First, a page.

The key to the fintech boom is the scale of “unmet financial needs” in China, James Lloyd, fintech leader for EY in Asia, tells The Edge Singapore in a recent phone interview. “Unlike Singapore, where everyone has access to credit cards and a range of investment products, banks in China have been focused on corporates or stateowned enterprises at the expense of consumers and small and medium enterprises,” he notes. That has led to a huge underserved market that fintechs have been only too eager to fill. Fintech players have created highly innovative client ecosystems that are unique and cannot be compared to anything else in the world.

Lloyd describes China as fintech’s Galápagos, after a Pacific Ocean island off Ecuador with huge plant and animal diversity found nowhere else on earth. (Charles Darwin reportedly visited the island in 1835 and his observation of Galápagos’ species inspired his theory of evolution.) Unlike in Europe or the US, Chinese fintech companies grew in an isolated terrain that allowed a diversity of financial species to emerge that exists nowhere else. “In the West, the impact of fintechs has been limited, with fintechs just nibbling around the edges of some retail banking profit pools,” says Lloyd. “In China, fintechs have had a transformative impact.”

Ping An, which started as a property insurer and helped fund the world’s largest peer-to-peer lender Lufax, is a case in point. “Ping An is a forward- thinking incumbent insurer that sees huge opportunities in traditional insurance business but is also very aware of the impact that technologies will have on financial services,” says Lloyd. Ping An founder Peter Ma, in his private capacity, has funded an array of fintech ventures. Lloyd argues, however, that Ping An is the exception rather than the rule in China, where incumbent financial services players have not ventured into the fintech space the way their Singapore counterparts such as DBS Group Holdings have.

In terms of volume, fintechs now handle more payments in China than incumbent banks. In value terms, banks still handle more than 90% of the transactions because fintechs are handling smaller amounts that retail clients transfer to Alibaba, Starbucks, McDonald’s or the Didi Chuxing taxi service rather than the millions or billions that corporates move.

Another big fintech player is Zhong An, an online insurer that counts Alibaba and Ping An as shareholders, and has carved a niche in insurance for travel or flight delays as well as shipping returns. If you buy something on Alibaba’s Taobao site or T-Mall, you could buy insurance in case the goods were faulty and needed to be shipped back to Alibaba. Zhong An sells insurance for small-ticket items but in huge volumes.

If large Chinese banks are sitting on huge non-performing loans and their bad debts are rising, why is Beijing allowing fintechs to take market share and bleed them further? McKinsey’s Ngai argues that, so far, Chinese banks have not focused on the consumer market seriously, so they are not worried about losing a little bit of market share to fintechs. He says, “Incumbent banks are clearly at risk, but they are fighting back with their own online efforts, so it’s too early to write them off.”

EY’s Lloyd says, “If you are a small businessman or an individual and you start transactions on WeChat or Alipay, you still need a bank account to move money around and load on to your wallet.” The fintechs are increasingly becoming like banks but, for now, they are not replacing banks. The main concern is that some people are moving from bank deposits to WeChat or Alipay and never moving back. Lloyd adds, “The worry is that banks no longer know what customers are doing with their money, so they are losing relationships.”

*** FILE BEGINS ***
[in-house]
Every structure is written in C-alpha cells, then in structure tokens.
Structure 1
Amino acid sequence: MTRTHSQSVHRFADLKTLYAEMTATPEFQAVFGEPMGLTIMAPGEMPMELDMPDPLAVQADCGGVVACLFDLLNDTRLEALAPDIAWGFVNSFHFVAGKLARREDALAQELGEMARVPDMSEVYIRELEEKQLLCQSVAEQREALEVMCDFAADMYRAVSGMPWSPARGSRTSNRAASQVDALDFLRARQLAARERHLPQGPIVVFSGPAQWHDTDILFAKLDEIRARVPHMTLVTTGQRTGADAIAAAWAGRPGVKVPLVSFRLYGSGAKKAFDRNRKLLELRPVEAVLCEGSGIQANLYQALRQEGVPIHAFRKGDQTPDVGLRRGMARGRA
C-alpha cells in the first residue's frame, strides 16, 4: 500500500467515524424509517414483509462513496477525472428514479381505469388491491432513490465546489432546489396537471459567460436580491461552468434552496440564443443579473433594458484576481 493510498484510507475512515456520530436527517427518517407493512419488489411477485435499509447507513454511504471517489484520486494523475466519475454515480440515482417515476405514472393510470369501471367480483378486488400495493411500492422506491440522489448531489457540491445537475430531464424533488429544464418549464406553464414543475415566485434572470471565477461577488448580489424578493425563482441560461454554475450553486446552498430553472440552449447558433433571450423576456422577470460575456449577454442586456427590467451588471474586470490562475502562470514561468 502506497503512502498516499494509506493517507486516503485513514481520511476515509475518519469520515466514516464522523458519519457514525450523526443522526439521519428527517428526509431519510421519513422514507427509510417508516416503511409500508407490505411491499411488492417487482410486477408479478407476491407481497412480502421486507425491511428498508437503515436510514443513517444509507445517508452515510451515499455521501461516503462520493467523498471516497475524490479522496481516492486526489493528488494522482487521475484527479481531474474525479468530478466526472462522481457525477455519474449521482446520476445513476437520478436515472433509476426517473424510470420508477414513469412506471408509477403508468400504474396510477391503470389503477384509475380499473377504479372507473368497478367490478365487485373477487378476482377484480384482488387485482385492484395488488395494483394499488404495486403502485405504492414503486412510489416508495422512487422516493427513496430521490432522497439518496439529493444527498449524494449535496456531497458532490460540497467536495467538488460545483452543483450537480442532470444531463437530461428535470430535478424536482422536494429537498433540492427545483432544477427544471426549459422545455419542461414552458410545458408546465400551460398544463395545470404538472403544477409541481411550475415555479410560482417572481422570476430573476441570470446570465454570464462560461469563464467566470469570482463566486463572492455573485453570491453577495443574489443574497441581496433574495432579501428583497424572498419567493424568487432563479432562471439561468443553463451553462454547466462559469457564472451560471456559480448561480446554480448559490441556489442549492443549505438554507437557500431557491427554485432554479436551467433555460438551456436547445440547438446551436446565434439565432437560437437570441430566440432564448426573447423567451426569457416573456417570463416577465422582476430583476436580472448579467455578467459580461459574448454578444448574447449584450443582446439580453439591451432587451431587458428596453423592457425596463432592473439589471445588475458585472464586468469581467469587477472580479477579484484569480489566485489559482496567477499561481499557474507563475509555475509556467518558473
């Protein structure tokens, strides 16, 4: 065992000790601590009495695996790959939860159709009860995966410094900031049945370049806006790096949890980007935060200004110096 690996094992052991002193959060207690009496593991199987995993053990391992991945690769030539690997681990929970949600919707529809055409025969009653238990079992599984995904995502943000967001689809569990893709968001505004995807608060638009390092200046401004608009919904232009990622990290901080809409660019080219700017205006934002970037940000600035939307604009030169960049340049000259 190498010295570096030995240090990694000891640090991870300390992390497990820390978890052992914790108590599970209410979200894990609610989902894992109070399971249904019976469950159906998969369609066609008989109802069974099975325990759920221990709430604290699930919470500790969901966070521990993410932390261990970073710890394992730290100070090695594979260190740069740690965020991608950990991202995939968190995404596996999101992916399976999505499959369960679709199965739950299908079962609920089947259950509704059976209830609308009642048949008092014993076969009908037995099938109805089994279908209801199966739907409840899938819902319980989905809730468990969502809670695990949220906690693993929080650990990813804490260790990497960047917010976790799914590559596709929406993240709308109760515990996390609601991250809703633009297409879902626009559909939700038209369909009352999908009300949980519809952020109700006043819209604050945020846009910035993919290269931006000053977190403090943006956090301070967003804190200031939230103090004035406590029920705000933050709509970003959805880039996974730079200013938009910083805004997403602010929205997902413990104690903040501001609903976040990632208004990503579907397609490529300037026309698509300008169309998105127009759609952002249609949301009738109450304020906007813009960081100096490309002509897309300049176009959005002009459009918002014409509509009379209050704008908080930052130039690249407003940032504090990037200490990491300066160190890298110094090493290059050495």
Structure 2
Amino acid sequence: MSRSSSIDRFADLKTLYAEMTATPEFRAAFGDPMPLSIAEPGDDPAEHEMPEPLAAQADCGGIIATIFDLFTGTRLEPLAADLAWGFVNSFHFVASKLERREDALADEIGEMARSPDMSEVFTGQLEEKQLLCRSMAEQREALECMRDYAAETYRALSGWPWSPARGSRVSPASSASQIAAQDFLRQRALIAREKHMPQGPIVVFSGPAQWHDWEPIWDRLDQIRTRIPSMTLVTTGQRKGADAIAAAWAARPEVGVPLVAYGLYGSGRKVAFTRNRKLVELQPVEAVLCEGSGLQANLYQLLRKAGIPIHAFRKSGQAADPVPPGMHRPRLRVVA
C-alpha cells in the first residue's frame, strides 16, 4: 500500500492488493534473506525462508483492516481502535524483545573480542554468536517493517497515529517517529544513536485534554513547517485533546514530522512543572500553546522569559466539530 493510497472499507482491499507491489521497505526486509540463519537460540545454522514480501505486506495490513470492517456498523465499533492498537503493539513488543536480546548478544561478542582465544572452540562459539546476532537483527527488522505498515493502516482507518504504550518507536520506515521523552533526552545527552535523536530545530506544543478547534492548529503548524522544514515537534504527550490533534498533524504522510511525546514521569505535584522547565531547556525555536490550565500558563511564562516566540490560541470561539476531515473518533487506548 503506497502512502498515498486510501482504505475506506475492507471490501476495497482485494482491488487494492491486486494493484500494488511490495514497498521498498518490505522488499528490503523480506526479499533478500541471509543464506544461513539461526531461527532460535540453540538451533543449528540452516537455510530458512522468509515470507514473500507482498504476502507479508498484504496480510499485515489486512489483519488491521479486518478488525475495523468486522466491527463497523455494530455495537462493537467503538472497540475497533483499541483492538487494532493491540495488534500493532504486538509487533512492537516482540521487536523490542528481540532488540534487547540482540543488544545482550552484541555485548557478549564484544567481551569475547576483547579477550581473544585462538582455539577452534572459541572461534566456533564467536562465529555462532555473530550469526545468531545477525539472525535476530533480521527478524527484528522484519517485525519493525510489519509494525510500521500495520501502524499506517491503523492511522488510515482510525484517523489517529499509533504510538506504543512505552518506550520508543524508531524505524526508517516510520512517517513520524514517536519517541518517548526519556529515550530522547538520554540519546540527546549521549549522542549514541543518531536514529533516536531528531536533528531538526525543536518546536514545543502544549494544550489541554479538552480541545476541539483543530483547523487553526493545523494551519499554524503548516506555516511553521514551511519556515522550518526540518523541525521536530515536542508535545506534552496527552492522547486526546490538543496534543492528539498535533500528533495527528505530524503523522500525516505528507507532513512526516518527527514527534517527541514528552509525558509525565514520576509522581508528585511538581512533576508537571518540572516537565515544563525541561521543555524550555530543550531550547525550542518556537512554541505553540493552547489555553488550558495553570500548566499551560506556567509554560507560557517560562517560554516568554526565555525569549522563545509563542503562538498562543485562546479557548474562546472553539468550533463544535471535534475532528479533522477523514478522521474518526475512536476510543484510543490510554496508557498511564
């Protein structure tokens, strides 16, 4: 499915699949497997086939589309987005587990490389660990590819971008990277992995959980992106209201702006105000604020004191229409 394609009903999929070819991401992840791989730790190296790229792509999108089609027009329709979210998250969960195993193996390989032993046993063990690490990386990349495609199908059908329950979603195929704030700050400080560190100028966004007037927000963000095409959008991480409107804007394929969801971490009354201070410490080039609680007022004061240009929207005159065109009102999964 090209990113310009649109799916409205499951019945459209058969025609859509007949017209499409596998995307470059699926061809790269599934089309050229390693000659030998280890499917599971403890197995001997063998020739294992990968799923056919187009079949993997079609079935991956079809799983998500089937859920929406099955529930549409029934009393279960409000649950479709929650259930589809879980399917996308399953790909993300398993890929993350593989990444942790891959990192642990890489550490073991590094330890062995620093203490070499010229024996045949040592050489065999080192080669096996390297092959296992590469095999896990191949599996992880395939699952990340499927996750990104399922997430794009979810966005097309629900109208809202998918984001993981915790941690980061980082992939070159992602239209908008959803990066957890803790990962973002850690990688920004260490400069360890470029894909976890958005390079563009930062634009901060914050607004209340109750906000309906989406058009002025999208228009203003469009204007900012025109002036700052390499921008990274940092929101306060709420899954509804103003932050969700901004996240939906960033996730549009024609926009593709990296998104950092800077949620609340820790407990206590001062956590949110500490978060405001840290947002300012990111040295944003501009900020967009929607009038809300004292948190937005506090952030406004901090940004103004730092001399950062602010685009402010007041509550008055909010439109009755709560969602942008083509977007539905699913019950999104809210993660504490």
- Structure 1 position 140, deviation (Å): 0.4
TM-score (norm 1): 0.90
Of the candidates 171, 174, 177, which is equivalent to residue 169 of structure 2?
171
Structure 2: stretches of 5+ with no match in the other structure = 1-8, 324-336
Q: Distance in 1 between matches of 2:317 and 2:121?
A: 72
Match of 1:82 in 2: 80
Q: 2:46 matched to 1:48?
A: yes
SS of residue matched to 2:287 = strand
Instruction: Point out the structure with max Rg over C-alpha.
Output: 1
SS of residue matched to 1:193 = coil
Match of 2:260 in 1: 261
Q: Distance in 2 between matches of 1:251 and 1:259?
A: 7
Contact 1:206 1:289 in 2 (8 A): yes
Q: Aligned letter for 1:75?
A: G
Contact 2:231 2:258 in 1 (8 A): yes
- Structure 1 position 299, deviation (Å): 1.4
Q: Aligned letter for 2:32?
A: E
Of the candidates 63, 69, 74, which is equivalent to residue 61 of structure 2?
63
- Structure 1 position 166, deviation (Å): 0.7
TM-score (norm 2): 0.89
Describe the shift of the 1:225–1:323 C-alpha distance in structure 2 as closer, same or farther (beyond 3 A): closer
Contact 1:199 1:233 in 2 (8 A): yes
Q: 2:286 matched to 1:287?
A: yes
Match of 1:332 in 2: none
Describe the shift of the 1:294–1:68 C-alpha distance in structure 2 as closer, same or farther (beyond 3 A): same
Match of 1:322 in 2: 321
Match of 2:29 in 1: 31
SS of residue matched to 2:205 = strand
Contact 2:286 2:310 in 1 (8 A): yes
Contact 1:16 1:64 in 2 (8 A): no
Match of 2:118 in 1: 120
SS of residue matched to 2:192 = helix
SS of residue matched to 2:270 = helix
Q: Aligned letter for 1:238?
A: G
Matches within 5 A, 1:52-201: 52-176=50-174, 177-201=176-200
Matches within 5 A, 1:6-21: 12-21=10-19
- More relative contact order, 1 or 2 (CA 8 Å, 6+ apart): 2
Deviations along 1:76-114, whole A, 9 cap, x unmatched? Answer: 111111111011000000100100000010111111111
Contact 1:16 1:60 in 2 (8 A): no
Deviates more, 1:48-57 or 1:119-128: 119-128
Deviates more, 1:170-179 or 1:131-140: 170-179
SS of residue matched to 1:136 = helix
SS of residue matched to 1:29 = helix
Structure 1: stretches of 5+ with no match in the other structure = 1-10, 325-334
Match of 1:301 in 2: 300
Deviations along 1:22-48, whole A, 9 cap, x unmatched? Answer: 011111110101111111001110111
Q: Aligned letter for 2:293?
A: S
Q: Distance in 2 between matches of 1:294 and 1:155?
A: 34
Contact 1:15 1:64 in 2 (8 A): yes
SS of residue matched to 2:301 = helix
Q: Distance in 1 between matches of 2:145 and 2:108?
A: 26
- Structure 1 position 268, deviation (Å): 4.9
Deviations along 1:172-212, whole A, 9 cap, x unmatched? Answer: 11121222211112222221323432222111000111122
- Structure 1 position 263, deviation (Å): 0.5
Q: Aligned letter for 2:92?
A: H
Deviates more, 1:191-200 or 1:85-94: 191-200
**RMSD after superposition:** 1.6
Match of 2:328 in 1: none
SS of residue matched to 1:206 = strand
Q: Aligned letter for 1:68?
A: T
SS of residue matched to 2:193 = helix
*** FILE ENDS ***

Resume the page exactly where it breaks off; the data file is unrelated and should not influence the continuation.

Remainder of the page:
The one player that is likely to be most affected is China UnionPay, the dominant payment systems operator and credit card issuer in China. Alipay and Tenpay are increasingly taking a share of the payment business from UnionPay and, over the next few years, will take an even bigger share from it, says Lloyd.

Overseas push
Will Chinese fintech players ever make an impact outside China? Over time, Lloyd says, Ant Financial, We- Bank and others are likely to have a signi ficant impact overseas. “It will be the greatest nearer mainland China. So, we will see them grow in Hong Kong, Southeast Asia and India,” he says. Ant andWeBank have publicly said they are seeking to grow in emerging markets where they can replicate some of their ecosystems. “Ant Financial has been investing in Thailand, Singapore, Vietnam and India,” Lloyd adds. For its part, Alipay has fairly audacious targets of “more than one million merchants outside China” and “more than two billion users worldwide”.

It is all about partnerships and enabling access to Chinese travellers who are going there. Alipay and Tenpay want Chinese who are travel ling to London, Paris or New York to be able to use their payment systems wherever they are. Since Octo ber, Chinese tourists have been able to use Alipay in New York and Cali fornia. In addition, WeChat payments as well as Tenpay are being rolled out in key US cities over the next few months. China’s overseas tourism has grown 1% a year over the past five years to more than 120 million trips last year and is forecast to grow to 500 million by 2020. Yet, as they move abroad, argues Lloyd, Chinese fintechs will realise that the challenges are going to be significant when they are on equal footing with established players such as Visa, Master card or Apple Pay.

Once Chinese fintech players start to be listed in the US next year, attention will turn to what they might do with their money and keep US investors interested. US players such as PayPal and Square have been mentioned as likely targets. “For Chinese fintechs expanding overseas, acquisitions are absolutely the way to go,” says McKinsey’s Ngai. Whether they can transform from pioneers in disruptive alternative finance to global leaders in their own right remains to be seen.

This article appeared in the Corporate of Issue 758 (Dec 12) of The Edge Singapore